The return of Tuareg fighters who were employed previously by the Libyan government of Moammar Gadhafi has fed a resurgence of an old conflict in northern Mali.
The 1.2 million Tuaregs in West African states are a Berber group, different from the Africans who rule the countries of the region. In Mali they make up 3 percent of the nation's 15 million people and are located mainly in the north. Nomadic pastoralists by occupation, and Muslim and animist by faith, the Tuaregs first rebelled against the government in 1960.
Their latest effort to gain independence, or at least greater autonomy, spiked in January and is growing as Tuareg fighters return from Libya, where they are hunted down as former supporters of Gadhafi.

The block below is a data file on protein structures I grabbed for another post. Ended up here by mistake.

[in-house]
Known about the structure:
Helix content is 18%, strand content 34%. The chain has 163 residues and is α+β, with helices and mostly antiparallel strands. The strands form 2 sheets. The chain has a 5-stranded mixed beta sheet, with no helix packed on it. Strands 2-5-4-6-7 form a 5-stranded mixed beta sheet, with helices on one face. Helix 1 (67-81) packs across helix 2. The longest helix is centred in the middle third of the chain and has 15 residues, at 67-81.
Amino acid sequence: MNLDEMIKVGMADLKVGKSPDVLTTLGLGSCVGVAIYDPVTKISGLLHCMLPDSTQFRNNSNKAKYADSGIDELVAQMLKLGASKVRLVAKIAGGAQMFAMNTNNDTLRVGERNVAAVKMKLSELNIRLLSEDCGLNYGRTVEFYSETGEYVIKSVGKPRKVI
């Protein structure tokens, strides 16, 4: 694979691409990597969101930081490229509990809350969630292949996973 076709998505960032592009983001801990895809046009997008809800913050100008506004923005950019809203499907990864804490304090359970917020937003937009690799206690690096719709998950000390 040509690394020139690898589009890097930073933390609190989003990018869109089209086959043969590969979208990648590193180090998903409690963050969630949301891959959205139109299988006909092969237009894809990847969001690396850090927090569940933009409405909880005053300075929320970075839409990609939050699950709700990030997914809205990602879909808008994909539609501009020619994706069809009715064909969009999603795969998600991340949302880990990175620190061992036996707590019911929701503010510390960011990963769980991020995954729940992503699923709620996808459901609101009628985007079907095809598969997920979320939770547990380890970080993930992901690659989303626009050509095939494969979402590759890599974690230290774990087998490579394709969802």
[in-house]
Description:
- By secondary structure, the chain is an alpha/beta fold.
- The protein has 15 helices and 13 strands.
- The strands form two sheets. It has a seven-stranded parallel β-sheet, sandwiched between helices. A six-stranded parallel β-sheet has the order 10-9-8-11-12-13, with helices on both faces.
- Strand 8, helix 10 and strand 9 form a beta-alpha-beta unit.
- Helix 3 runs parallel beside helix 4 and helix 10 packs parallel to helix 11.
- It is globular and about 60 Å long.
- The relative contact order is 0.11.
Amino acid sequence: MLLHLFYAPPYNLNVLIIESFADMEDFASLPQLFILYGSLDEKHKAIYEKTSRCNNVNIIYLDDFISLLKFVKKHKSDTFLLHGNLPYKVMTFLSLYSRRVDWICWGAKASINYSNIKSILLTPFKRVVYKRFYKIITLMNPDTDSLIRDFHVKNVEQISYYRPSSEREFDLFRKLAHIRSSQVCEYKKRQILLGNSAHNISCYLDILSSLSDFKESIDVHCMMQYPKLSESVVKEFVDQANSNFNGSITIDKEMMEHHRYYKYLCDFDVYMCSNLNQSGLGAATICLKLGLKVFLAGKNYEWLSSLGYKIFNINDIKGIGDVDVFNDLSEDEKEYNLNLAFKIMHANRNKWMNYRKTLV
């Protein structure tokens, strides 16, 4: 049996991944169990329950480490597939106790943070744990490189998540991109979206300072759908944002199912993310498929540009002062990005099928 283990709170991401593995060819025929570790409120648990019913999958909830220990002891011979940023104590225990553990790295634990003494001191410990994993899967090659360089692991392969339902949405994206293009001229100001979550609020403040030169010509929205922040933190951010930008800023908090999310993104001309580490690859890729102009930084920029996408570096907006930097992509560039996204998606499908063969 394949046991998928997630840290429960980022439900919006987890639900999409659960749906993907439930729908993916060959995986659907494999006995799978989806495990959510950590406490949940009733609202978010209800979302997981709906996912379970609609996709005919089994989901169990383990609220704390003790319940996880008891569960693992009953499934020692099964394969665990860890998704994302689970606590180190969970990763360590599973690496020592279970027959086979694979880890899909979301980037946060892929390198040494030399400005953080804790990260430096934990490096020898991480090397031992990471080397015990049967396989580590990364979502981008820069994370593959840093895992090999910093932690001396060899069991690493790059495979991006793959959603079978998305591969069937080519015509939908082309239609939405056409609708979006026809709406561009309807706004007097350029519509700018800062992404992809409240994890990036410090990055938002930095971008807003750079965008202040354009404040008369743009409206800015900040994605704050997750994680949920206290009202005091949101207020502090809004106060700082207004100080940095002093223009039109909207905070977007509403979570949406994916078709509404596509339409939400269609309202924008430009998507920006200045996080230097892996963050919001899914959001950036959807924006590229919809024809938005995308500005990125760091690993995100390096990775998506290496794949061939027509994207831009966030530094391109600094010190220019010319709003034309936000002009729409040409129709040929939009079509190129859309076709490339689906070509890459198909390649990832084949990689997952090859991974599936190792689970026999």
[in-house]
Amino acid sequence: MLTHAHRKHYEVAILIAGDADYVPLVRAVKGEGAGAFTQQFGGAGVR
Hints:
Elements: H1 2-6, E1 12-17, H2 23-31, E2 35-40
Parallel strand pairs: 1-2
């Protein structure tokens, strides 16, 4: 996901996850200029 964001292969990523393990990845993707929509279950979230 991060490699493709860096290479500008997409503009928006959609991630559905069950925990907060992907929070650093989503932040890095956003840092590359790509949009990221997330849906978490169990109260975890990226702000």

Their political arm calls itself the National Movement for the Liberation of Azawad. The armed wing of the movement has attacked army garrisons and villages in northern Mali, displaced 130,000 people, and created the beginning of a humanitarian crisis in one of the poorest places on Earth.
Mali, a multiparty democracy since 1991, has been a favorite of American administrations. It has benefitted from generous U.S. military and other aid. Landlocked, it is a largely agricultural economy, although it also has gold.
There may be pressure on Mr. Obama to provide more military aid to help it deal with the rebellion. This should be resisted.
Instead, the government of Mali should be encouraged to seek a negotiated end to the conflict with the Tuaregs. Repeated rebellions since 1960 underline both their grievances and their staying power.
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